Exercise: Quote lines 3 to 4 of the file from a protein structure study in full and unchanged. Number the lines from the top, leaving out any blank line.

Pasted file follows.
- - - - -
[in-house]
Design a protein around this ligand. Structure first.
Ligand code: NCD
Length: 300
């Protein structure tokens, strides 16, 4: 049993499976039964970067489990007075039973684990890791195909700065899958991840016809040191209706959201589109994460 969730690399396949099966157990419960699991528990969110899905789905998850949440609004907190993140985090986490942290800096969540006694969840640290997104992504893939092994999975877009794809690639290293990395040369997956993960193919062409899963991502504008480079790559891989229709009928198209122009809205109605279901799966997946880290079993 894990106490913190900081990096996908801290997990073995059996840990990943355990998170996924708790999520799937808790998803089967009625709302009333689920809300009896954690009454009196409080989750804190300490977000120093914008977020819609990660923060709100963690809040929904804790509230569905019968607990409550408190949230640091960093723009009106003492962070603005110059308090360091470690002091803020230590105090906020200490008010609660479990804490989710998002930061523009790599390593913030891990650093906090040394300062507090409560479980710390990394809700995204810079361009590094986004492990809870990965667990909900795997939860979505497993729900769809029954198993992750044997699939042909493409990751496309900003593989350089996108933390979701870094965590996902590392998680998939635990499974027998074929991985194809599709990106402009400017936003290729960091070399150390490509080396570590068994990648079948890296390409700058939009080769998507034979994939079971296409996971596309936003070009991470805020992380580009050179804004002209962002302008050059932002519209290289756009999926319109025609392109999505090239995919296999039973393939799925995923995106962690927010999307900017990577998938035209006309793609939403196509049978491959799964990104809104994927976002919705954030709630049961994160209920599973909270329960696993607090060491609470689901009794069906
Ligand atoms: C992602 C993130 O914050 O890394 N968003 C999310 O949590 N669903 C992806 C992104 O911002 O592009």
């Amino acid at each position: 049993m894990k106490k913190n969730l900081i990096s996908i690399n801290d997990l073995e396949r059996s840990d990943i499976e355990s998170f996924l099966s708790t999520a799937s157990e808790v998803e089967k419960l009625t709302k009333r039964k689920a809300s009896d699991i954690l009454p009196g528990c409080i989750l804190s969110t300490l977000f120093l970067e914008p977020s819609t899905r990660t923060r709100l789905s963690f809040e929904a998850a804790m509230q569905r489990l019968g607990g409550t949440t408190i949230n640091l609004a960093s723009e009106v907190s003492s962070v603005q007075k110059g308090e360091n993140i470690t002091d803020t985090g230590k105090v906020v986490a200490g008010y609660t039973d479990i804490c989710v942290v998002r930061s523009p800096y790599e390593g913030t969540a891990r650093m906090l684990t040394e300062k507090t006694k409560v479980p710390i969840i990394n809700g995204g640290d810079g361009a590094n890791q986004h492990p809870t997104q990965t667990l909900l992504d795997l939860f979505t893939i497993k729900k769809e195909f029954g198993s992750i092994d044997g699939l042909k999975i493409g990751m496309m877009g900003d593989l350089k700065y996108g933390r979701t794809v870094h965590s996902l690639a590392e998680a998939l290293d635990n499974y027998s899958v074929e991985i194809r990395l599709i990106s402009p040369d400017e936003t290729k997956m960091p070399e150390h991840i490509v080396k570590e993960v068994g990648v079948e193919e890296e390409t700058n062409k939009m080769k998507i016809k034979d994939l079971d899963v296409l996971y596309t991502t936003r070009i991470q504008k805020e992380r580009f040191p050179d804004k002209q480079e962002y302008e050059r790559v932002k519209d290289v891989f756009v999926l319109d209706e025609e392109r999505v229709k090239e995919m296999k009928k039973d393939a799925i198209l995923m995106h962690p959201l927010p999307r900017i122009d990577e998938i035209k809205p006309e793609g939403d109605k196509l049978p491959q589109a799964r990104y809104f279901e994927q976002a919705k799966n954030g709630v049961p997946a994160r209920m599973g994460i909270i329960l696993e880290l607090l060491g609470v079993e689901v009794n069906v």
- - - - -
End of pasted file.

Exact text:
Ligand code: NCD
Length: 300